However, after an hour-long programme, the first raindrops started to fall, followed  by a blackout in the orchestra pit. But this crisis did not derail the master of improvisation Roman Blumaier, who took the floor and reliably took care of the content of the unwanted pause. His comments safely relaxed the rainy atmosphere and, together with speeches by the heads of the individual theatre ensembles, filled the waiting for the uncertain continuation of the evening.   

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When fighting with the equipment, tenor Ondřej Koplík had the honour of coming to the stage as many as three times, being duly rewarded with applause by the choir from the theatre foyer. In the last few minutes, the equipment and the weather became more reasonable, hence the anticipated aria „Já ubohej ovčáček“ ["Me Poor Shepherd"] from Dvořák's The Devil and Kate could be heard; its absence would no doubt be dreaded by the enthusiastic audience.         

The remaining musical numbers then took a relatively fast pace, but unfortunately, due to the unplanned break, samples from the repertoire evergreen – Puccini's Turandot – were skipped. But the mood was lifted again by the choral waltz from Charles Gounod 's opera Faust, followed by two samples from the successful Jenufa, in which soprano Pavla Vykopalová was first presented during the evening, sensitively capturing Janáček's deep melodics. The choral number was followed by the famous aria of Ježibaba [The Witch] from the opera Rusalka by Antonín Dvořák, performed by Václava Krejčí Housková.              

Ondřej Koplík, accompanied by the male part of the choir, then "cut out" a lively and mindless song about love from Nedbal's popular operetta Polish Blood, and the evening ended with a short and clear closing choir from the opera The Queen of Spades by Pyotr Ilyich Tchaikovsky.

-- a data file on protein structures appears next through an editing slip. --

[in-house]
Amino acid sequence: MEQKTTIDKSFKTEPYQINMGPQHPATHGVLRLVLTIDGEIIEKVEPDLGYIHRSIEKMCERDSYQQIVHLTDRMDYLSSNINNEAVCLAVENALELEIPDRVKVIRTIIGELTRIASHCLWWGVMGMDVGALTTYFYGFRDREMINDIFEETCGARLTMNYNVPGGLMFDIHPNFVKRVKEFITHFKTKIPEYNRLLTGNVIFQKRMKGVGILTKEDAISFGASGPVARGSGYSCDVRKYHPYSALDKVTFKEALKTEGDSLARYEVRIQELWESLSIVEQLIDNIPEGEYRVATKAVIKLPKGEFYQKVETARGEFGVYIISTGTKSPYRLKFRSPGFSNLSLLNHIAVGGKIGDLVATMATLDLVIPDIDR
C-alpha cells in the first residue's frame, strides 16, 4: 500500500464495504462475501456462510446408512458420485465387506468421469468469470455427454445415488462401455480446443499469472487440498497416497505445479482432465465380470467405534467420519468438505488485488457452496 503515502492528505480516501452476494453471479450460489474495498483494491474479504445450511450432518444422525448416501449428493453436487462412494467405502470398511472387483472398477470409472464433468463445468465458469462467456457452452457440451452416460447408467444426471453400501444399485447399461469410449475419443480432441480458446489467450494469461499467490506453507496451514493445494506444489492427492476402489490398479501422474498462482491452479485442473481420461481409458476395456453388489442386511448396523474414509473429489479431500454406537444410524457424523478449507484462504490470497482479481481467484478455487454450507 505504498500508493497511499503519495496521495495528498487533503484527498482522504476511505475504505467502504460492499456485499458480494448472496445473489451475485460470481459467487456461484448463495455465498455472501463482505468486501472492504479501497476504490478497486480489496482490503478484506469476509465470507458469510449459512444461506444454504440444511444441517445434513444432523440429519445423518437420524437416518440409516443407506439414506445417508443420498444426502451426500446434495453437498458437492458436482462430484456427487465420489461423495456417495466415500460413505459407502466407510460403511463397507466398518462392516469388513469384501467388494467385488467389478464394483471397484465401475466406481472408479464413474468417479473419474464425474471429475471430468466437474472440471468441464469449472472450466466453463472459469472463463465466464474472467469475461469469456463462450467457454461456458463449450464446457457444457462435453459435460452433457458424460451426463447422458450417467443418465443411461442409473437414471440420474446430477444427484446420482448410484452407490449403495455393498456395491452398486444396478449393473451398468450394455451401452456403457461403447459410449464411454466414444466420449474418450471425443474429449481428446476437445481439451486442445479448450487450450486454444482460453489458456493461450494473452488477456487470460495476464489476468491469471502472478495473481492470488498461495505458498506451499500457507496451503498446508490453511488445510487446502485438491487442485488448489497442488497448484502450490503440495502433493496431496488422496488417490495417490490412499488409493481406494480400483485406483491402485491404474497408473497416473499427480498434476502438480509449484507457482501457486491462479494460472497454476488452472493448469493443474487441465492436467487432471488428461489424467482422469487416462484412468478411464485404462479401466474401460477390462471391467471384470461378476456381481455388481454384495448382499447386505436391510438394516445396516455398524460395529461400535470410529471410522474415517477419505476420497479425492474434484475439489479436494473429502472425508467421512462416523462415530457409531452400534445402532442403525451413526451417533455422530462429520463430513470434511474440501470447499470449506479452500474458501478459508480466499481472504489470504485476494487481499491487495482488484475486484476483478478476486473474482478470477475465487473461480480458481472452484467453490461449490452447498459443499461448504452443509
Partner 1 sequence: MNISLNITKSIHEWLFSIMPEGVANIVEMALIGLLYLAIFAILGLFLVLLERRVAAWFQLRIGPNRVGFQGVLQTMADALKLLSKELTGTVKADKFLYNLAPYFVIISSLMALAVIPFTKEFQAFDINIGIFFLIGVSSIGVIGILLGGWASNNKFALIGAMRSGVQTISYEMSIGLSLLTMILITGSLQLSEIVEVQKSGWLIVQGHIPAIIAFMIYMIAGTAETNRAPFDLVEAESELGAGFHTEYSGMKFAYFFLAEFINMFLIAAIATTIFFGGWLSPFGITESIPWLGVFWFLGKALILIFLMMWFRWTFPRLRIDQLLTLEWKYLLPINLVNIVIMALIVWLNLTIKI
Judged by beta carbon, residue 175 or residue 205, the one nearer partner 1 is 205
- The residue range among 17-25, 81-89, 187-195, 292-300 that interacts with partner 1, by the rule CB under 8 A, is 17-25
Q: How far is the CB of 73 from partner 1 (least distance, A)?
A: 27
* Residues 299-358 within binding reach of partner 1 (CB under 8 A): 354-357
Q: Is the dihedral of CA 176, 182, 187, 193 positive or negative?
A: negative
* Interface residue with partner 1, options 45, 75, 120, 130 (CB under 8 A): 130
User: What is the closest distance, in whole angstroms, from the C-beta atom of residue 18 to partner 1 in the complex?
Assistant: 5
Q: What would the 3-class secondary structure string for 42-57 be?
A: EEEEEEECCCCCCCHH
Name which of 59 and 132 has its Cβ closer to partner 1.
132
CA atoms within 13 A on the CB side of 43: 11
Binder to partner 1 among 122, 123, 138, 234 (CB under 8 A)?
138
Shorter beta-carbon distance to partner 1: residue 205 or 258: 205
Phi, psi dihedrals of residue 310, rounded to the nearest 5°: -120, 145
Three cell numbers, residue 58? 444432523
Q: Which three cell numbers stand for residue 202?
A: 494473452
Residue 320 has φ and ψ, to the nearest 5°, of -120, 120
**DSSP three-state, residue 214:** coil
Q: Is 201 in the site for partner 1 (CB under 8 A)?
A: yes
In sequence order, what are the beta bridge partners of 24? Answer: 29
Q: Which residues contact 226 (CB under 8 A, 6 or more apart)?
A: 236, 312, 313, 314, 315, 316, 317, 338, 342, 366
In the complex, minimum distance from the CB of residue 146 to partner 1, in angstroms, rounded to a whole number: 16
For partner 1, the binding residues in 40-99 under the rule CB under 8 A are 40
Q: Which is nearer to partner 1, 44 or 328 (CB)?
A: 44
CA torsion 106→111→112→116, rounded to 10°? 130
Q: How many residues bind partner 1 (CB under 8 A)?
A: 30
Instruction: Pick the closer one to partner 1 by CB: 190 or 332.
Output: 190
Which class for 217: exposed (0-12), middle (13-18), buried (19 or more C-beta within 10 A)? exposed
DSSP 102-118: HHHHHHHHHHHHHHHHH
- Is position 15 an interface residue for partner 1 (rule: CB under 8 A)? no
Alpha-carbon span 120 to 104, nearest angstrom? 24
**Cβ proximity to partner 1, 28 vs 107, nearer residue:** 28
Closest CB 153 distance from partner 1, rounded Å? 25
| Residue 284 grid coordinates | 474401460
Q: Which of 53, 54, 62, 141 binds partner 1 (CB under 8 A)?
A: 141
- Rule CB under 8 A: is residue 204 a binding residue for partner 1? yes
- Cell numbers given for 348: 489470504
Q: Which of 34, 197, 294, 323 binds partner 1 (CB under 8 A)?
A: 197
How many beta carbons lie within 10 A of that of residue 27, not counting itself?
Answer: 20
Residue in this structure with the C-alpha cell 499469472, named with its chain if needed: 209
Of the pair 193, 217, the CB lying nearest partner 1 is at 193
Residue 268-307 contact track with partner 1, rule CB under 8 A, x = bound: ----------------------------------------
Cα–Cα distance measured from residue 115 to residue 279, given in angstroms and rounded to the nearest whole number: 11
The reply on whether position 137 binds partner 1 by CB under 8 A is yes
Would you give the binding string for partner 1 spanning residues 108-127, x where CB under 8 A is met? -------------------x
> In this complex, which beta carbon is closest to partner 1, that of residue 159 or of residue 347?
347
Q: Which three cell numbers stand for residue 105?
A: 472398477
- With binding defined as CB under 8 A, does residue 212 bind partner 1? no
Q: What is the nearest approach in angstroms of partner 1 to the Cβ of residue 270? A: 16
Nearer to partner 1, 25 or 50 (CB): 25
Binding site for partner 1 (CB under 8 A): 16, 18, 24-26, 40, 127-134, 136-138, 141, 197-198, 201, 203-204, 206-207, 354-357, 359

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In the context of the whole evening, in addition to the not so ideal sound, the coordination of the choir and some soloists with the orchestra was sometimes lagging behind, especially in the faster and more rhythmically precise passages that deserve more accuracy and sharpness. The disharmony was mainly due to the far distance of the orchestra from the grandstand "stage". The gestures of the conductor, although clear and straightforward, but not clearly visible from the distance, were not of much help either. 

In spite of that, all the performers and the theatre team did a great job, especially in terms of smoothly solving the unexpected situation, which certainly livened up the experience of the soaked but loyal audience. All that remains is to agree with the statement at the end: all is well that ends well, or, the entry into the new season came out well.

Photo by Marek Olbrzymek